new york times
In what can only be described as a back-handed compliment, the NYT declared in a recent style article that its neighbour to the north was no longer a "frozen cultural wasteland populated with hopelessly unstylish citizens". The reason for Canada's sudden cultural cachet? The Times mentions film and music idols, fashion designers and YouTubers, but the star of the show seems to be new Prime Minister Justin Trudeau.
In the past, the biggest problem was: How do we get information to these people who either have none, or few ways to access it? Now, as the BBC report notes, the main problem isn’t scarcity of information, it’s a scarcity of reliable information.
The BBC needs to get with the times, says former VOA Director David S. Jackson.
The intersection of public diplomacy, people-to-people communication and international trust building is explored in this new article by Kirsten Mogensen, an associate professor at Roskilde University in Denmark and an alumna of the CPD Summer Institute.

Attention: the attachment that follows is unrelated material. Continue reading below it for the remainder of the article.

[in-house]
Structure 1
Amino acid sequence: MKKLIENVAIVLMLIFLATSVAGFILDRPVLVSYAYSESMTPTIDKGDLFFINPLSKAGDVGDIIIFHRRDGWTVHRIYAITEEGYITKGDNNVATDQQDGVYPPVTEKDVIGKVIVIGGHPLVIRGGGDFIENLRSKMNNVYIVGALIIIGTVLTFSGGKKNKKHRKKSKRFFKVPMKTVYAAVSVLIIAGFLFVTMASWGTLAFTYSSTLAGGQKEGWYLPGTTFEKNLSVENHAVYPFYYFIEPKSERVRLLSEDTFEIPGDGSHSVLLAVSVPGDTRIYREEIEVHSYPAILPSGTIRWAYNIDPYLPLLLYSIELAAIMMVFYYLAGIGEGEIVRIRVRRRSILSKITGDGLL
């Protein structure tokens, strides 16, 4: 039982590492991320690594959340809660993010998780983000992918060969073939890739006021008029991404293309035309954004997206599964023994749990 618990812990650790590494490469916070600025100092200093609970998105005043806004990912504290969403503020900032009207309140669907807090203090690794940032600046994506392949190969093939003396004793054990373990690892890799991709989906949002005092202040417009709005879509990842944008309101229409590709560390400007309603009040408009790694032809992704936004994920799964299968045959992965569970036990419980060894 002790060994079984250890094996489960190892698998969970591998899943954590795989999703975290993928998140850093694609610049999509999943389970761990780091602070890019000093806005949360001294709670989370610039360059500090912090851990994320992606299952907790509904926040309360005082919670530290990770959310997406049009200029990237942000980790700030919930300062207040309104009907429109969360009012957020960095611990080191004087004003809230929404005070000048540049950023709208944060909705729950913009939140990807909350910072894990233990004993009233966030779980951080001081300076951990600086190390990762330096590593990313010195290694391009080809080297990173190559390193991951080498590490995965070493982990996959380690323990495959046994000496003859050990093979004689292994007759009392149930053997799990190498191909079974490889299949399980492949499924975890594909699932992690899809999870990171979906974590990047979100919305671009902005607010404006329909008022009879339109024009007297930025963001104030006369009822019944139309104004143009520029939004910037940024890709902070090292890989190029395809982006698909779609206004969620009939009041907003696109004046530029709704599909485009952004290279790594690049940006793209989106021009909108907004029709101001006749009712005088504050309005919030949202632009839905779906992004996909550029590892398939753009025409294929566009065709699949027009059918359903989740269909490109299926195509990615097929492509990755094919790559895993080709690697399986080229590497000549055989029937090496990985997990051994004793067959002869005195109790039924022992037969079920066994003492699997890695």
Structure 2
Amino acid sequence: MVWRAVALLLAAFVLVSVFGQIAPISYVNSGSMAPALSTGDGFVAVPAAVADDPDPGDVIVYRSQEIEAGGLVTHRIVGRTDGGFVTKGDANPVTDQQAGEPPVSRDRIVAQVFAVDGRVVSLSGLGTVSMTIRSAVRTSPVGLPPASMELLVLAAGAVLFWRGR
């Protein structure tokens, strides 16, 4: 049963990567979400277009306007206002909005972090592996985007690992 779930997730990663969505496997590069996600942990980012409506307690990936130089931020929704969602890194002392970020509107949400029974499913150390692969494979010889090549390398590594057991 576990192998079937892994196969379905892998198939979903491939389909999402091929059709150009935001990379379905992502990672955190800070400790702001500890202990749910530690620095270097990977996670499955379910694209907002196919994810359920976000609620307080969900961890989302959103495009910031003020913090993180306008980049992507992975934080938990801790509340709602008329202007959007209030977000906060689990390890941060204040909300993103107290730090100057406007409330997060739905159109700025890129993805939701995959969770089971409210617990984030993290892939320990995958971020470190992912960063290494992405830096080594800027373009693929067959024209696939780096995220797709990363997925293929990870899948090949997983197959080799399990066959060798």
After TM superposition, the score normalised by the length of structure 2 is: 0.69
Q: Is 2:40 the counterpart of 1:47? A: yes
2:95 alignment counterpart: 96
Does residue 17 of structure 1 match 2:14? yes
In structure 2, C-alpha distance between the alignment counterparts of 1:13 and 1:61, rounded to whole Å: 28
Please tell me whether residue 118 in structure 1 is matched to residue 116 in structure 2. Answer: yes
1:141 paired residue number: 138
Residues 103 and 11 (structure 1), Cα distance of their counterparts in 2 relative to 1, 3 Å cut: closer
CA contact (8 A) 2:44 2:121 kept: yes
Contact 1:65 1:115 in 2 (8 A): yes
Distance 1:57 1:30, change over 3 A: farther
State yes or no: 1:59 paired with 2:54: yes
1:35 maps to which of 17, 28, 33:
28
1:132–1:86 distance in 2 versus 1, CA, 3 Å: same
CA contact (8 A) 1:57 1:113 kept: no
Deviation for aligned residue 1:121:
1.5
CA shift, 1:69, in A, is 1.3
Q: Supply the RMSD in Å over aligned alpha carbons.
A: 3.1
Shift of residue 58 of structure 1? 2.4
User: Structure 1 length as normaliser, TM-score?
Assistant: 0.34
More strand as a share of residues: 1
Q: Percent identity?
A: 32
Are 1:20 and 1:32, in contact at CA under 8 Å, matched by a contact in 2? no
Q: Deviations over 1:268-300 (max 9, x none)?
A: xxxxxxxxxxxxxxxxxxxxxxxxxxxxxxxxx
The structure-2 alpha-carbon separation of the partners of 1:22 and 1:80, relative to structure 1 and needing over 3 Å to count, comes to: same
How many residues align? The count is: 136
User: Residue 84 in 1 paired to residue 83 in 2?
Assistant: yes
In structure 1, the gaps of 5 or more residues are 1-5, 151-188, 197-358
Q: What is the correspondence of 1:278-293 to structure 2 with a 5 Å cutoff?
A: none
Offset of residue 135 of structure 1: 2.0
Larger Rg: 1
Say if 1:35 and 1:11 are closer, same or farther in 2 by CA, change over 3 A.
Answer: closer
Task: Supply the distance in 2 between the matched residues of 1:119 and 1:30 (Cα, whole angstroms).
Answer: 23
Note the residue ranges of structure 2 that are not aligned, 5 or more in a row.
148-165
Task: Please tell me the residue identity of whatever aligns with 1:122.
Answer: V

People come to New York City for all sorts of reasons: to study; to travel; to become doctors and lawyers and writers; to make it on Broadway or as stand up comedians or to toil in the kitchens of up-and-coming restaurants. Chen Guangbiao is here this week to buy the New York Times. It’s not as surprising a proposal as it might sound if you know anything about Chen, the 45-year-old Chinese billionaire philanthropist with a knack for staging over-the-top, headline-grabbing stunts in the name of politics, poverty, disaster relief and the environment.
Some Republicans and Cuban-American lawmakers are criticizing President Obama for shaking President Raúl Castro’s hand at the memorial service for Nelson Mandela. Their reaction to a gesture of common courtesy should come as no surprise given Washington’s senseless commitment to a failed 50-year policy toward Cuba.